Saturday, November 8, 2014

NaBloPoMo: Revising the Religious Rhetoric

The only newspaper I subscribe to is the Intermountain Catholic, "Utah's Official Catholic Newspaper" (I suspect the only Catholic newspaper for the Diocese, which encompasses all of Utah). One of the articles in this week's edition was written by a priest who examined the recent Synod of Bishops relating to family and evangelization. Said the author:
Bishop Johann Bonny of Antwerp wrote a widely circulated letter to the Synod (although he himself was not a participant). He argued that couples living together outside of marriage, using [artificial] contraception, or resorting to in vitro fertilization (all activities prohibited by the Church) 'deserve more respect and a more nuanced evaluation than the language of certain Church documents appear to prescribe. The mechanisms of accusation and exclusion ... can only block the way to evangelization.'
I'm of a much more liberal bent than the Church at large, and my disagreements tend to be with contraception, the redefinition of marriage, etc., so while I would like to see these issues resolved differently, I would first like to see the rhetoric overhauled to the extent that those with fertility issues, or gay and lesbian couples who might wish to marry within the Church, or those who might have legitimate reasons to live with non-spouses outside of marriage, etc., revised to include a broader understanding of some of the issues people face, issues that might not have been as prevalent or recognized in previous generations.

For example, the "issue" with couples living together outside of marriage, seen as morally unacceptable (what with the presumption of premarital sex) overlooks economic issues couples might face. It is unhelpful when one is told simply to move out, and ignores the possibility of there being no, or impractical, alternatives*.

Similarly, in terms of contraception, to argue that "contraception should not be used because pregnancy is not a disease" overlooks the necessary financial aspects of planning for a family and the need to be able to provide for the family. And statements such as the assertion that contraception "undermines a basic principle of real health care, which has a responsibility to affirm how a healthy body functions" ignores specific medical conditions in which oral contraception would allow the woman to become pregnant in the future. ** Natural Family Planning is not a good option for many couples, and based on reading stories and other arguments (here and here), I can see why.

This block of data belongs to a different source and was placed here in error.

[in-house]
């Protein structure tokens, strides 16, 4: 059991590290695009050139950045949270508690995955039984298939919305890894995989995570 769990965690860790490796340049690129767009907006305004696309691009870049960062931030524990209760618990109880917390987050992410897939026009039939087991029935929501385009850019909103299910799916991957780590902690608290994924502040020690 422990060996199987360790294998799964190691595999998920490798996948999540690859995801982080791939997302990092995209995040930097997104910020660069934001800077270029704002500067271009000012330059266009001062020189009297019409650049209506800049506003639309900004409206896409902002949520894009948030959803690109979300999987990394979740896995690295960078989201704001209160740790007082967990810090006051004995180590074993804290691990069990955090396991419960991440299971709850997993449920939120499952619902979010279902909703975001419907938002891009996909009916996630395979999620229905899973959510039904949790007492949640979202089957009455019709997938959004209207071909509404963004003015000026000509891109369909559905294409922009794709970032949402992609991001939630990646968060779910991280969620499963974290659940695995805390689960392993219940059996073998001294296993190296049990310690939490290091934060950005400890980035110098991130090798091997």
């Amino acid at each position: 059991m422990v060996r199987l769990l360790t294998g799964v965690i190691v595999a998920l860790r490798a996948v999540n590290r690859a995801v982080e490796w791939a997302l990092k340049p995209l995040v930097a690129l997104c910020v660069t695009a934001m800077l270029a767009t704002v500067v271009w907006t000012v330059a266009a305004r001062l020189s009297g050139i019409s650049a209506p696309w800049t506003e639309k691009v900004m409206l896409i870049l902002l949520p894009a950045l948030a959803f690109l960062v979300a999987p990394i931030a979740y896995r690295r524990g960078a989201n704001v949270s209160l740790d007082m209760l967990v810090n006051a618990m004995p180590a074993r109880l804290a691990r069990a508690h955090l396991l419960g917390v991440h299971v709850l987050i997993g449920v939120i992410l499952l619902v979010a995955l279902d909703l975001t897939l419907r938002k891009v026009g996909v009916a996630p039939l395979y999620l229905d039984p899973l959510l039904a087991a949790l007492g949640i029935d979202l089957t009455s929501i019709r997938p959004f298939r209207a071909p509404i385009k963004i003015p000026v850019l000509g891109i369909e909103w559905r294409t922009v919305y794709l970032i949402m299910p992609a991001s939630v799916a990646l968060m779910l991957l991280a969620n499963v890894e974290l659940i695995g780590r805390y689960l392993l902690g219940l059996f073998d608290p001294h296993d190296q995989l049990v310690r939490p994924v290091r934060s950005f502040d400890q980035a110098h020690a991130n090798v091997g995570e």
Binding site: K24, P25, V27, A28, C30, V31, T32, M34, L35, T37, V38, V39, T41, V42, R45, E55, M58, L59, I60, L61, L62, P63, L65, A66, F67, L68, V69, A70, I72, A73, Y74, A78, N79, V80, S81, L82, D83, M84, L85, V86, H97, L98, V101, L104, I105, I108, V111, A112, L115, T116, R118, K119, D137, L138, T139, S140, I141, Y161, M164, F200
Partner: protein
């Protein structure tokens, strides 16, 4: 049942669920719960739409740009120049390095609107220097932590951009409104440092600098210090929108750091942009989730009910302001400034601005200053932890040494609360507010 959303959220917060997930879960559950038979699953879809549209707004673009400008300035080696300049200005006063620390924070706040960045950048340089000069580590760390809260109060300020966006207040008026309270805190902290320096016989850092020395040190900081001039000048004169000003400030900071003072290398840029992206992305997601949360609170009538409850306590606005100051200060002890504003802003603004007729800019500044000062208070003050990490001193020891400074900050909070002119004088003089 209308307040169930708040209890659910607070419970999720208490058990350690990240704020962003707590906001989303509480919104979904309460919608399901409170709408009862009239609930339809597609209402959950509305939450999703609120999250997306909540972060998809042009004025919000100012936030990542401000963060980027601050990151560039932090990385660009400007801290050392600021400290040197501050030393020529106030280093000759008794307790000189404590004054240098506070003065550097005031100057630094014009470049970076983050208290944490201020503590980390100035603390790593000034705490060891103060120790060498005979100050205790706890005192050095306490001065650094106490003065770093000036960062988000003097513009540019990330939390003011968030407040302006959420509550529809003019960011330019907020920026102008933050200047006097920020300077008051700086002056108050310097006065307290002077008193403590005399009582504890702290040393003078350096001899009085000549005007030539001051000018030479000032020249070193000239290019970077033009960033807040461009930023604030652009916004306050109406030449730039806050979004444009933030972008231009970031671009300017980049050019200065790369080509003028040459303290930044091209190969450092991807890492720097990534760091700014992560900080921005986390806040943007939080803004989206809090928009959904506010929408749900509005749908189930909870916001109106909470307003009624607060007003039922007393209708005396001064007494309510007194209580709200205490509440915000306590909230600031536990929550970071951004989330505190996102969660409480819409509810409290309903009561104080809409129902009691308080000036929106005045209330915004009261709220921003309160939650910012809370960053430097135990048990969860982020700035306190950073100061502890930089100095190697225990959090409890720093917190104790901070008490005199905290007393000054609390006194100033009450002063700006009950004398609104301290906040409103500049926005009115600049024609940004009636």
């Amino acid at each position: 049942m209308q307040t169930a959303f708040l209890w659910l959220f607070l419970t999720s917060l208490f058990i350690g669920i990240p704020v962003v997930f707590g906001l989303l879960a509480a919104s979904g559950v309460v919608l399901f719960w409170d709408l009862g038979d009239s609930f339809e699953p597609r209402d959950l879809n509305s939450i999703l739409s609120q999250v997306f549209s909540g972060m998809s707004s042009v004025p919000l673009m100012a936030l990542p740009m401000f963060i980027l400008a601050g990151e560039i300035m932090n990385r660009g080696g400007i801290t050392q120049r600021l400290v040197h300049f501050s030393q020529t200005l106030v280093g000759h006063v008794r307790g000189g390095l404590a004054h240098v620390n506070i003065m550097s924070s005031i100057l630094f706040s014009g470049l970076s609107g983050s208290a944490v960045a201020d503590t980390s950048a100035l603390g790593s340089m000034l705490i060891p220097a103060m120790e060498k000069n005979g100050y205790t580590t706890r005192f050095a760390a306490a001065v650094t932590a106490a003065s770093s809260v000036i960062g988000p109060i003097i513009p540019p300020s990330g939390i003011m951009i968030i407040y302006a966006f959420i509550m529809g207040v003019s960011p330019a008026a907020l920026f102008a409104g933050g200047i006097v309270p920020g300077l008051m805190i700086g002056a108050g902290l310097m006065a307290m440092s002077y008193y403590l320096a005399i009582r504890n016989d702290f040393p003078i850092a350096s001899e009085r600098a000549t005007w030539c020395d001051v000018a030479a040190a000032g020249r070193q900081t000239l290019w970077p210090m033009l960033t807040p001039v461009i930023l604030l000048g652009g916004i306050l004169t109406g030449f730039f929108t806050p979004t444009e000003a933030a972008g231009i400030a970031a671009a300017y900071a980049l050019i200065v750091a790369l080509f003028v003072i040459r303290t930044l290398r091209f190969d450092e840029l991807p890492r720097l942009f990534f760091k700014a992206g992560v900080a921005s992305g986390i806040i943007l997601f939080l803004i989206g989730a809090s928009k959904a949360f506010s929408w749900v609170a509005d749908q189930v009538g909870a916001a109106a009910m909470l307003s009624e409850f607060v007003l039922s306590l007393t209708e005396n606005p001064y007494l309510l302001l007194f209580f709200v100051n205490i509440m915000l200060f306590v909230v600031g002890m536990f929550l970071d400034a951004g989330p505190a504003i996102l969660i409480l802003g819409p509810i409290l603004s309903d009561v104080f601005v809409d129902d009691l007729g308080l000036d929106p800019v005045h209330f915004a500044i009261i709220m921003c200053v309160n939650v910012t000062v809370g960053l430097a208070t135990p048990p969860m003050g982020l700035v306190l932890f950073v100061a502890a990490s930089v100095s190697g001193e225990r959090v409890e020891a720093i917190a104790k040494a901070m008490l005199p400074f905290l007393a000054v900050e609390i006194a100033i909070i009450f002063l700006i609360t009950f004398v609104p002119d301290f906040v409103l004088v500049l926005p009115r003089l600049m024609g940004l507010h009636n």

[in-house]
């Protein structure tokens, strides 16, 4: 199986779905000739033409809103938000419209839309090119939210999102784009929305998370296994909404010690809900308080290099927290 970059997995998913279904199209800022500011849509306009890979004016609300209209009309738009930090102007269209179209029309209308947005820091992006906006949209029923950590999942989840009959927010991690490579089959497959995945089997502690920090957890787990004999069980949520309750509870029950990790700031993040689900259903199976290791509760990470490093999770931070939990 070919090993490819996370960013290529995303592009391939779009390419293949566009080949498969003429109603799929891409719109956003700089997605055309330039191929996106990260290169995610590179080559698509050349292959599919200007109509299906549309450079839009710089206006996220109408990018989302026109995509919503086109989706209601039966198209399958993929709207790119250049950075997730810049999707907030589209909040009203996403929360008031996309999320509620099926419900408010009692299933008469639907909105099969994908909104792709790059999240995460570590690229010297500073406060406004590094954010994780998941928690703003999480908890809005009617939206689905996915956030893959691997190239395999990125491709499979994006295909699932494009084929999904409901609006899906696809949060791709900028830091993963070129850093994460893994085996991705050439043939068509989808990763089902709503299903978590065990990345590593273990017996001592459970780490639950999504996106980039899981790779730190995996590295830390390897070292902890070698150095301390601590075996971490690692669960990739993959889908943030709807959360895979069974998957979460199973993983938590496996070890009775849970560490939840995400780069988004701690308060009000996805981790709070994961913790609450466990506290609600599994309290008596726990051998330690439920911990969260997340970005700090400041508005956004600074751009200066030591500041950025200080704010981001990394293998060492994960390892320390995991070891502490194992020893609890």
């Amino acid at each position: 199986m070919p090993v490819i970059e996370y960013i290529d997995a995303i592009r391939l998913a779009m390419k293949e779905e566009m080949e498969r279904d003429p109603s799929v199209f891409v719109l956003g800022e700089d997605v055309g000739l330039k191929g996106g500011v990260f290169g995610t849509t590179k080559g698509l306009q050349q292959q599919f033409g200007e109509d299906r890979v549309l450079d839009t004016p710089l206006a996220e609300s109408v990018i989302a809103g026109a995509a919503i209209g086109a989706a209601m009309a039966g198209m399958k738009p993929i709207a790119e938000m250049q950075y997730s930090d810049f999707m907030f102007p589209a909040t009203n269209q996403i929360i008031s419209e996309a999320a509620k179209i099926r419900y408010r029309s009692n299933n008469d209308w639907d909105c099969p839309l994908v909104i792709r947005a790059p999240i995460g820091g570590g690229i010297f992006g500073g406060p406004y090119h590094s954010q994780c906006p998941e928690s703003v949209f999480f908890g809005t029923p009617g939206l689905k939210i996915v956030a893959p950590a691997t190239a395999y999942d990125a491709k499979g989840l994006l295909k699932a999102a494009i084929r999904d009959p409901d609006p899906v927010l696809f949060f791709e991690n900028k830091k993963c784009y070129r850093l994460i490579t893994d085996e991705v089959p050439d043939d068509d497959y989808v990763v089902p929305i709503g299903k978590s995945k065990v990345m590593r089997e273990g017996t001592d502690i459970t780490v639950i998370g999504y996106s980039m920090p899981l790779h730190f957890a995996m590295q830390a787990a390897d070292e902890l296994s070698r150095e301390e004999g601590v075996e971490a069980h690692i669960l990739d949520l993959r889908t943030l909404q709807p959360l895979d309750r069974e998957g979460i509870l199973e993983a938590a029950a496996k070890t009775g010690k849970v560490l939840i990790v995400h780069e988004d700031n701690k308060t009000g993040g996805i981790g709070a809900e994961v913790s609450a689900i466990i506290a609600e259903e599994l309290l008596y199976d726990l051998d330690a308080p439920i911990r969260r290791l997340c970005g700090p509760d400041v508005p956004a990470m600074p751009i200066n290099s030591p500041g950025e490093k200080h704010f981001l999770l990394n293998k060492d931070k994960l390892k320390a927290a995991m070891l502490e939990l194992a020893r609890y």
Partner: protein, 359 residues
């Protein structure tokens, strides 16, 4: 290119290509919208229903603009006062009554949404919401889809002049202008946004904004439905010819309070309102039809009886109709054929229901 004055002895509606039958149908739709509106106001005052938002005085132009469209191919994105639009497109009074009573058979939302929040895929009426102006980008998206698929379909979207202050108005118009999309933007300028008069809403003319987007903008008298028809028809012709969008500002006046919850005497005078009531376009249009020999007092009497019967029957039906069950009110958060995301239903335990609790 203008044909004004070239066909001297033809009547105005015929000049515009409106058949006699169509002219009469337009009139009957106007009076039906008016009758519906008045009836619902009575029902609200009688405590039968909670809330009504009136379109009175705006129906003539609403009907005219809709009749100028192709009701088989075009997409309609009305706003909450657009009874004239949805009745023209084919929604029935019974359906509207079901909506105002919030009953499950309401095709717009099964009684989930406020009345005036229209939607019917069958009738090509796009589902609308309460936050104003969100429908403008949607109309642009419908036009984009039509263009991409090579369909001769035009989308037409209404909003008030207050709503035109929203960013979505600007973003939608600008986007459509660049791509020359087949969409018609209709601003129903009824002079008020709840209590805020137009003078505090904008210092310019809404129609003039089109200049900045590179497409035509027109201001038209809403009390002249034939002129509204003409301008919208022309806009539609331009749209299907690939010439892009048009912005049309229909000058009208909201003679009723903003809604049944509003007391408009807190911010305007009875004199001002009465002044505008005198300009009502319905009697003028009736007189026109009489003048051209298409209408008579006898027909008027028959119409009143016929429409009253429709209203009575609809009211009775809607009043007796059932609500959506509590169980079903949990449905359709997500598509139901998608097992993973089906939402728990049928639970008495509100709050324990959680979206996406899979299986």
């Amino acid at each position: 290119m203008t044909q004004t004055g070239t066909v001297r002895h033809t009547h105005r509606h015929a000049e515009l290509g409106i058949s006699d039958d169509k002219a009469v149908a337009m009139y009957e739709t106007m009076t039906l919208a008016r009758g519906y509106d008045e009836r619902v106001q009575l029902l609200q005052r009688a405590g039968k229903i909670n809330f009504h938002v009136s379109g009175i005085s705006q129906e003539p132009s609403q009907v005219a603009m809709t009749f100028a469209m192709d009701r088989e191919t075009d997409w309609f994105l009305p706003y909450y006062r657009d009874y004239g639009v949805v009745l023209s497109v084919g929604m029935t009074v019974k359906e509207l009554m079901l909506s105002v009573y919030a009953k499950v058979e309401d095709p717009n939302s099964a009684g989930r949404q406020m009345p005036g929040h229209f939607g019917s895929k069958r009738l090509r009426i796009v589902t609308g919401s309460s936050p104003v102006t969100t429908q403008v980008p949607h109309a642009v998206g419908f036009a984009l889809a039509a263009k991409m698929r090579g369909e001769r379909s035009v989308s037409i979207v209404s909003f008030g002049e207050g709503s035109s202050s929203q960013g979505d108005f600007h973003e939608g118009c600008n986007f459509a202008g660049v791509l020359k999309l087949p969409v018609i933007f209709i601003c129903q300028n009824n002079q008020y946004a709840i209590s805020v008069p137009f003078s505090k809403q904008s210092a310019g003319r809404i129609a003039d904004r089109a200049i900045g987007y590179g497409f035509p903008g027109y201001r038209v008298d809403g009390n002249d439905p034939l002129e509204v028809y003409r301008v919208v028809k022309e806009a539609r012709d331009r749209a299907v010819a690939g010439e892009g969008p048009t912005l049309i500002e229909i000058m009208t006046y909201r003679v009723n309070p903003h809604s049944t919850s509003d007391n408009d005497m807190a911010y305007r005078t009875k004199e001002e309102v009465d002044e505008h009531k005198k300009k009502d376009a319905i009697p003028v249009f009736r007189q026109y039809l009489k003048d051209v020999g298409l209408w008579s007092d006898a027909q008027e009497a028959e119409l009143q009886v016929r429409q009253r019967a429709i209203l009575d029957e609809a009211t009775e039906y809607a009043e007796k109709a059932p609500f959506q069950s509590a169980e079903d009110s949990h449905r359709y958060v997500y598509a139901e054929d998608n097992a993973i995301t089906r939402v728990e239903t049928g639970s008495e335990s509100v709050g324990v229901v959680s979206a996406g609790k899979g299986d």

As it is, Church language, especially in terms of sexuality, is often accusatory and exclusionary, as Bishop Bonny notes, and does not include an understanding the often difficult situations contemporary Catholic couples and families face, especially when presented as categorical repudiation.
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* I lived with a former boyfriend "outside of marriage." This was not a situation that was ideal in many ways, but my literal alternatives were to either live in my car, or to commute 90-150 miles twice a day for school and/or student teaching. This would not have been practical for so many reasons I don't even care to list them all. While I would have preferred to live alone, I needed the financial support in terms of living expenses that he could (and was happy to) provide. I also lived with Ed before we married, although we were engaged before I officially made the move. (I visited for the summer and stayed with him before we were engaged; there was a guest bedroom.)

** Catholic beliefs and teachings on love and sexuality can be found on the United States Conference of Catholic Bishops website.

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